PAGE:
Waterbottle Craft

0 Flares 0 Flares ×

By Recycled Crafts Contributor, Anitra from the blog “Coffee Pot People”. 

It’s not exactly a secret: I hate to throw anything away. I do recycle as much as I can, but see it as just a greener way to discard something. I also have issues with buying water, especially since our water here is so good, but the recent heat, coupled with a two-day long outside show sent me to the store for a case of it. (Hint: Freeze at least half the water you plan to take. It will keep the other bottles cold, and melt as the day goes on, giving you lovely ice water to drink, and/or a cooling bottle to hold against wrists and neck.)

So, there I stood yesterday, with a cluster of empty water bottles on the kitchen counter. What to do? Why, make squids, or dangles, or whatever you want to call them! It’s an easy craft for older kids or grown-ups who don’t like to make garbage.

You need:


  • Empty water bottles
  • Scissors
  • Small things to hang inside the bottle neck
  • Wire or string

Begin by making a long, spiral cut the length of the bottle, starting wherever you want. I began my cut just below the bell shape. My water bottle was quite thin and flexible, so to begin the cut, I just kind of squished the side flat. You might have to poke a starter hole in a sturdier bottle.

Here’s the path my scissors took:

As you can see, the trick is to cut almost all the way around, and then angle your cut down. I pretty much followed the indentations around the bottle itself, including where there was a kind of wave pattern. (I thought it would look cool to “catch the waves”, but it didn’t actually show, so you can just do a plain spiral.) Go all the way to the bottom of the bottle, but don’t cut the bottom off.

When you’ve finished your spiral, you’ll have this:

Do that to three bottles, and nest the neck ends together in a stack, so that the curls hang from three different places.

Now take one of the little items you’ve gathered–a large bead, a key, a small toy, whatever you like that will fit inside the belled top of the bottle, but not go through the neck. If it has a hole in it, run a string or length of wire through. (I used wire, just because I knew where I had a good stash of different colors. It took about 18″ (46 cm). If there’s no hole, just tie it around the piece.

Run the string or wire up through all three bottle necks. Your bright object will add a bit of color, and provide a stopper so you can hang the “squid” up.

When you have the string through the top neck, you can spread it to each side, and screw the top on. It’s an option that doesn’t affect anything. In fact, without the lid, you have transparency all the way up, which might be even better. But here’s what I did:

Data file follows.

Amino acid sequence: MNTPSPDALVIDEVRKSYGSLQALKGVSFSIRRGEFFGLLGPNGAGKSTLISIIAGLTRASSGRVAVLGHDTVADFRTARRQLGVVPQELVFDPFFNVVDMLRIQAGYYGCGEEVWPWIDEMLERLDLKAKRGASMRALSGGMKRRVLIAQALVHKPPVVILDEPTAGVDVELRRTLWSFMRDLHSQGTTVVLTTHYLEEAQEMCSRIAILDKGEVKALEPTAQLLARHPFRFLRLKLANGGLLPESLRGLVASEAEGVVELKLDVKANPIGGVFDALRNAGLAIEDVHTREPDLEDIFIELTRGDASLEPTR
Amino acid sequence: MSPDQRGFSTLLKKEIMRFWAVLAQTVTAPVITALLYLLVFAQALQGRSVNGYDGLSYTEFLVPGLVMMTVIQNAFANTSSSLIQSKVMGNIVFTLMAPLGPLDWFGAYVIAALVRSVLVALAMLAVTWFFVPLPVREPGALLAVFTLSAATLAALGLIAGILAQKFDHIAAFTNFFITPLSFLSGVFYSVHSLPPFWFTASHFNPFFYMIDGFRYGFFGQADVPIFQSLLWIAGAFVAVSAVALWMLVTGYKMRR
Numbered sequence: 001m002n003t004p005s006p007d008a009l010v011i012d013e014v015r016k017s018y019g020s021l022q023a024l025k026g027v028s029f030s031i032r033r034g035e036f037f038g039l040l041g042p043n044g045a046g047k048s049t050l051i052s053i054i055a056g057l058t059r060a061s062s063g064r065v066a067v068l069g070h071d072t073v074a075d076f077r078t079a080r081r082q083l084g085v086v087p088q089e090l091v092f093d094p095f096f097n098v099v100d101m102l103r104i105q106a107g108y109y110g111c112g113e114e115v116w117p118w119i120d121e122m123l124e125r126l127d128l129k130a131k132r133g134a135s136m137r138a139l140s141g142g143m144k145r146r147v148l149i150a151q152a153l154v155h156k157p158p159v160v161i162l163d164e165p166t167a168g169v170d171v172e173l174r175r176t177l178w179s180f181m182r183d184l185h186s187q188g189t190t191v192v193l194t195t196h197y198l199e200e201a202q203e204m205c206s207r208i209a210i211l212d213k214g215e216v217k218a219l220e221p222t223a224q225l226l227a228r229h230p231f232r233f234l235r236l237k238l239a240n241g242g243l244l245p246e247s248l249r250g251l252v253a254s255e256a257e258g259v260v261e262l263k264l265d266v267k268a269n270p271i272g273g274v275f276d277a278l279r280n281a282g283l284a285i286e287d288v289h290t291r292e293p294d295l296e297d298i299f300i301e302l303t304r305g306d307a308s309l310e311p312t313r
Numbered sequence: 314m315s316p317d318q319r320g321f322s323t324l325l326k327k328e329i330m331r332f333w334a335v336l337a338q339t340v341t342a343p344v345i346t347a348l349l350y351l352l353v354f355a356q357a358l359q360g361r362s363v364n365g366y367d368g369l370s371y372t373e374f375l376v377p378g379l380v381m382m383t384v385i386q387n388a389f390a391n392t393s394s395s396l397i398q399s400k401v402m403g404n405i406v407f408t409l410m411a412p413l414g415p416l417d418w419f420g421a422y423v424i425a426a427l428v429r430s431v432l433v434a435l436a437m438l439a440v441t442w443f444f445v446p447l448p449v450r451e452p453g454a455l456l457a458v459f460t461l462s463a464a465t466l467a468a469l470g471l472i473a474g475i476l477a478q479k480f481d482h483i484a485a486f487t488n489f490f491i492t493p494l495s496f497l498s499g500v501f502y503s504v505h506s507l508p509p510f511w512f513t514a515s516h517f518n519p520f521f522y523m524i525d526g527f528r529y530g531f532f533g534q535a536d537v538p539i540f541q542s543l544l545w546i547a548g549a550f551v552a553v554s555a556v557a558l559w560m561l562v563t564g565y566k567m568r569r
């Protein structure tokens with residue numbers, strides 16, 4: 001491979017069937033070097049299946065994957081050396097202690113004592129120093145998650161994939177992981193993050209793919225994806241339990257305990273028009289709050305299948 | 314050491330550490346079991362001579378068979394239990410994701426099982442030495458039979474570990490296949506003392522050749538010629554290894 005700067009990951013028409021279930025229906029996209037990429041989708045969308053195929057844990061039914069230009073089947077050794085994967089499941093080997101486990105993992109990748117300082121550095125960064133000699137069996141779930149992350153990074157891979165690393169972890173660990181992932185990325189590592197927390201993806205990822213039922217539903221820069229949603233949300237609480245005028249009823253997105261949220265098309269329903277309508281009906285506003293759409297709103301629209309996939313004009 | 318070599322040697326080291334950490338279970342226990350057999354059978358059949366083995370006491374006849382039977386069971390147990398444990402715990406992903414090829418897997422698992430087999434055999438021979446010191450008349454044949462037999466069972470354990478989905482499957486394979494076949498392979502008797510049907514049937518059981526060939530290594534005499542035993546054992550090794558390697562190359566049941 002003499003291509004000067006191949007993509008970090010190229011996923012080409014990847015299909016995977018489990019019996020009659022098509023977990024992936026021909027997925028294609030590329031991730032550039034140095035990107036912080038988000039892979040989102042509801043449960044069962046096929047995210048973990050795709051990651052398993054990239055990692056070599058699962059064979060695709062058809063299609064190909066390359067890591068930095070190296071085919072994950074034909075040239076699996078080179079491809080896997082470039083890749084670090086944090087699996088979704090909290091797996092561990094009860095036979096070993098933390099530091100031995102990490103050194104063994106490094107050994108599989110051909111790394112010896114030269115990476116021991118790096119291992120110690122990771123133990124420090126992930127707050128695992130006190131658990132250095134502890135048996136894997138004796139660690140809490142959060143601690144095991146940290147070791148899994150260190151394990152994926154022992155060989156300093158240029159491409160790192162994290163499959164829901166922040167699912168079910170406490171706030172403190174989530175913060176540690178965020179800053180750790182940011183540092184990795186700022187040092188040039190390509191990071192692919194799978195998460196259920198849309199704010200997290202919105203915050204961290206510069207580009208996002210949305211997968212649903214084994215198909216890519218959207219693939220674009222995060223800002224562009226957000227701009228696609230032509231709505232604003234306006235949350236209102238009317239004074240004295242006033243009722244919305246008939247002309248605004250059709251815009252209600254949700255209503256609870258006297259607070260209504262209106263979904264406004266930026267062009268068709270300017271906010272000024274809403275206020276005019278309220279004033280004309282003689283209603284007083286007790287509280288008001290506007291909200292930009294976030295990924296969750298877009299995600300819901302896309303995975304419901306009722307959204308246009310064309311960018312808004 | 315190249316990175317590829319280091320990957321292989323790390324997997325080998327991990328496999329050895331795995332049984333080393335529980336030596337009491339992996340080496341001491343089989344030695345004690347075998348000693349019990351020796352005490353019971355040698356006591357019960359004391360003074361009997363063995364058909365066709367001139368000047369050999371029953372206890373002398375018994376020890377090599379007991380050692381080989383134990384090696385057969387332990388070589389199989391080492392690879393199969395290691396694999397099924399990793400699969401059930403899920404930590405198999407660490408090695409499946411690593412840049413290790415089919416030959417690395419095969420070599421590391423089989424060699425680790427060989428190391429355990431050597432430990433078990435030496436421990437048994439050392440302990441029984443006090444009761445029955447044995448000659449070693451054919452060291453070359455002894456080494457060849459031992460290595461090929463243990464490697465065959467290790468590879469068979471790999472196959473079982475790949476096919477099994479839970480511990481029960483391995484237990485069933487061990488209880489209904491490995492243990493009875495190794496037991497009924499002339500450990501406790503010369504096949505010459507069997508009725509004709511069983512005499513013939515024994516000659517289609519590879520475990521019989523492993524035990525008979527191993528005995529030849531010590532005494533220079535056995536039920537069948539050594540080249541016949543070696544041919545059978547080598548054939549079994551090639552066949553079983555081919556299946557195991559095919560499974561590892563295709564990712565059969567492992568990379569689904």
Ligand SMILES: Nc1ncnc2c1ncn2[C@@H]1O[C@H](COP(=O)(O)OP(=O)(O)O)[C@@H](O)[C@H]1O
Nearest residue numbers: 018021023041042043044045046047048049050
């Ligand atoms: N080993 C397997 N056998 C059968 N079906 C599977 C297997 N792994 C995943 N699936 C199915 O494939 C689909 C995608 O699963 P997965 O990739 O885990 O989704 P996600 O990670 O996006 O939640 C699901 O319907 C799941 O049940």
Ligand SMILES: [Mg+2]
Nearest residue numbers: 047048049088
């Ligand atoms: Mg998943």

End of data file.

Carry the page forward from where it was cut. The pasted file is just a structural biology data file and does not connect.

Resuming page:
Here’s are close-ups of my bottles. I used an old Christmas ornament and a big red button.

Take your squid outside and hang it from a tree, or arbor. Or dangle it from something in your room. (I put a single, spiral-cut bottle up for the neighbor’s kitten, and she loves it. It’s very bouncy. The bottle. Not the kitten. Well, actually, both of them.)

Related Posts Plugin for WordPress, Blogger...
0 Flares Twitter 0 Facebook 0 Pin It Share 0 Google+ 0 StumbleUpon 0 Email -- 0 Flares ×
This entry was posted in Crafts and tagged on by .

About Anitra

Anitra Cameron had the good fortune to be born into a family where creativity ran rampant. Her father has authored several books and worked as a photographer and her mother hand-painted portraits. Anitra’s favorite crafts to make are: Jewelry (especially using buttons), collaged book marks, miniature cake stands, all from recycled materials. Anitra’s moto: “Use it up. Wear it out. Make it do, or do without.” Live with that long enough and you’ll never want to throw anything away, so best to turn it into art! Anitra lives in Portland, Oregon with her husband, where their combined family’s total seven children, and (so far) seventeen grandchildren. Recently Anitra became a great-grandmother of a darling little boy! You can find more of Anitra’s work at “Coffee Pot People”.

6 thoughts on “Waterbottle Craft

  1. Maija

    Fabulous idea! I want to hang some along my tree line on the back of our property. They look whimisical and fun!

    Got anything for milk jugs?

  2. Vie

    You crack me up!! Don’t have enough to do? I have not bought a bottle of water in a long time. guess I can beg some from a neighbor. Would be fun..

  3. Stephanie

    Very pretty! I love the idea of making wind chimes and/or wind socks, but have never gotten around to it. This might be a nice compromise. Thanks!

Tell Us What You Think!

Your email address will not be published. Required fields are marked *